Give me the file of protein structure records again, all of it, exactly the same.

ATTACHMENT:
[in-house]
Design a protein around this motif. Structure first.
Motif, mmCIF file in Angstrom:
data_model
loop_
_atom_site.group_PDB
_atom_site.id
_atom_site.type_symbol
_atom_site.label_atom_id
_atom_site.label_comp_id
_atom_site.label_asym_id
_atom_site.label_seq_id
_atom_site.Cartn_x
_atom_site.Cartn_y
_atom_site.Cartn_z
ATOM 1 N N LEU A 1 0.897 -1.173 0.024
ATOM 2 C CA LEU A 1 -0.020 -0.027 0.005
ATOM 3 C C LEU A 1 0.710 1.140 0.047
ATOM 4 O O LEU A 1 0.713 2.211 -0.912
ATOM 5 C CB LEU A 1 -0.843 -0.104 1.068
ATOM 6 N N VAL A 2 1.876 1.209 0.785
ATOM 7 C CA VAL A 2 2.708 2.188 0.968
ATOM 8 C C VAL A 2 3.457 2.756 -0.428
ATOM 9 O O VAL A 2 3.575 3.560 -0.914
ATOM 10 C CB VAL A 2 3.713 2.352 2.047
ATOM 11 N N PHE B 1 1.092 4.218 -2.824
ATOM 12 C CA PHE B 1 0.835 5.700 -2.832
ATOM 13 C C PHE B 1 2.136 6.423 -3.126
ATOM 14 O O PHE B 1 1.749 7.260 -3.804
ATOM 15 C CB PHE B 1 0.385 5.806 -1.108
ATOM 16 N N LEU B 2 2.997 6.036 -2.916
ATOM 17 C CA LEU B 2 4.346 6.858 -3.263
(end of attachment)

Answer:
[in-house]
Design a protein around this motif. Structure first.
Motif, mmCIF file in Angstrom:
data_model
loop_
_atom_site.group_PDB
_atom_site.id
_atom_site.type_symbol
_atom_site.label_atom_id
_atom_site.label_comp_id
_atom_site.label_asym_id
_atom_site.label_seq_id
_atom_site.Cartn_x
_atom_site.Cartn_y
_atom_site.Cartn_z
ATOM 1 N N LEU A 1 0.897 -1.173 0.024
ATOM 2 C CA LEU A 1 -0.020 -0.027 0.005
ATOM 3 C C LEU A 1 0.710 1.140 0.047
ATOM 4 O O LEU A 1 0.713 2.211 -0.912
ATOM 5 C CB LEU A 1 -0.843 -0.104 1.068
ATOM 6 N N VAL A 2 1.876 1.209 0.785
ATOM 7 C CA VAL A 2 2.708 2.188 0.968
ATOM 8 C C VAL A 2 3.457 2.756 -0.428
ATOM 9 O O VAL A 2 3.575 3.560 -0.914
ATOM 10 C CB VAL A 2 3.713 2.352 2.047
ATOM 11 N N PHE B 1 1.092 4.218 -2.824
ATOM 12 C CA PHE B 1 0.835 5.700 -2.832
ATOM 13 C C PHE B 1 2.136 6.423 -3.126
ATOM 14 O O PHE B 1 1.749 7.260 -3.804
ATOM 15 C CB PHE B 1 0.385 5.806 -1.108
ATOM 16 N N LEU B 2 2.997 6.036 -2.916
ATOM 17 C CA LEU B 2 4.346 6.858 -3.263